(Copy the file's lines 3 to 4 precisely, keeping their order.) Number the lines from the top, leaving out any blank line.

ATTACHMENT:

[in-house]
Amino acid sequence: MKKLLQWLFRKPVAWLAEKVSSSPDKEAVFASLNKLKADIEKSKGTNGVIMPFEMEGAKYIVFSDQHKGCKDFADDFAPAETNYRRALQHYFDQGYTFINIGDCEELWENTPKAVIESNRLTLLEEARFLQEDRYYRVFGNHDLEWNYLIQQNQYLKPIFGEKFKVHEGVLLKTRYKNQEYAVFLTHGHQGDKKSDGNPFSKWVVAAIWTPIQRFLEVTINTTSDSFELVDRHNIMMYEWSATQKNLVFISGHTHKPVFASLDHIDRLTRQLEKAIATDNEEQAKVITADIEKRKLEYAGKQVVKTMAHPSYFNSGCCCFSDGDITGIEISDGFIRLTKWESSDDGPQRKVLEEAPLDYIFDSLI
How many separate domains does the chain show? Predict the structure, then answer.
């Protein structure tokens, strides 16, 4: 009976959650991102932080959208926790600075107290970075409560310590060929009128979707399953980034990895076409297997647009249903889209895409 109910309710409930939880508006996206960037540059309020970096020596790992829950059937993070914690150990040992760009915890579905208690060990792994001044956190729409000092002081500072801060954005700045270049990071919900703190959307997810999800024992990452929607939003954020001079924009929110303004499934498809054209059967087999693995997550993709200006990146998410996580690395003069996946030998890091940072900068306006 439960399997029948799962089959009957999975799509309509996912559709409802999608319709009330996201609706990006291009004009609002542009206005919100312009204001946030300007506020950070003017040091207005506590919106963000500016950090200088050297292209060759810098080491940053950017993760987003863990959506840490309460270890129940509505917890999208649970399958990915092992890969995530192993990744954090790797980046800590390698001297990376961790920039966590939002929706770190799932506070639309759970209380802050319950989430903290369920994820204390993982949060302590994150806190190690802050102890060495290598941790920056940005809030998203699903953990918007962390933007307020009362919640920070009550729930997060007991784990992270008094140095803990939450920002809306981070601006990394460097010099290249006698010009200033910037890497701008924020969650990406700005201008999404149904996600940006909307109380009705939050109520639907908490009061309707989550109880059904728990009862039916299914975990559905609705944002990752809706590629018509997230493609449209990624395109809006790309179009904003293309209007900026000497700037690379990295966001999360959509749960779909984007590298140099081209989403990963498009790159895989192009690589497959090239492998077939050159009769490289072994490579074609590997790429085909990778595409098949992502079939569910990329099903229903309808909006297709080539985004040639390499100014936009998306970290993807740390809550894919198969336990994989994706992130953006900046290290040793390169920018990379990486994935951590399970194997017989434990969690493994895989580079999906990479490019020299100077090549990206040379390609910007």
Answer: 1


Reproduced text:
How many separate domains does the chain show? Predict the structure, then answer.
């Protein structure tokens, strides 16, 4: 009976959650991102932080959208926790600075107290970075409560310590060929009128979707399953980034990895076409297997647009249903889209895409 109910309710409930939880508006996206960037540059309020970096020596790992829950059937993070914690150990040992760009915890579905208690060990792994001044956190729409000092002081500072801060954005700045270049990071919900703190959307997810999800024992990452929607939003954020001079924009929110303004499934498809054209059967087999693995997550993709200006990146998410996580690395003069996946030998890091940072900068306006 439960399997029948799962089959009957999975799509309509996912559709409802999608319709009330996201609706990006291009004009609002542009206005919100312009204001946030300007506020950070003017040091207005506590919106963000500016950090200088050297292209060759810098080491940053950017993760987003863990959506840490309460270890129940509505917890999208649970399958990915092992890969995530192993990744954090790797980046800590390698001297990376961790920039966590939002929706770190799932506070639309759970209380802050319950989430903290369920994820204390993982949060302590994150806190190690802050102890060495290598941790920056940005809030998203699903953990918007962390933007307020009362919640920070009550729930997060007991784990992270008094140095803990939450920002809306981070601006990394460097010099290249006698010009200033910037890497701008924020969650990406700005201008999404149904996600940006909307109380009705939050109520639907908490009061309707989550109880059904728990009862039916299914975990559905609705944002990752809706590629018509997230493609449209990624395109809006790309179009904003293309209007900026000497700037690379990295966001999360959509749960779909984007590298140099081209989403990963498009790159895989192009690589497959090239492998077939050159009769490289072994490579074609590997790429085909990778595409098949992502079939569910990329099903229903309808909006297709080539985004040639390499100014936009998306970290993807740390809550894919198969336990994989994706992130953006900046290290040793390169920018990379990486994935951590399970194997017989434990969690493994895989580079999906990479490019020299100077090549990206040379390609910007």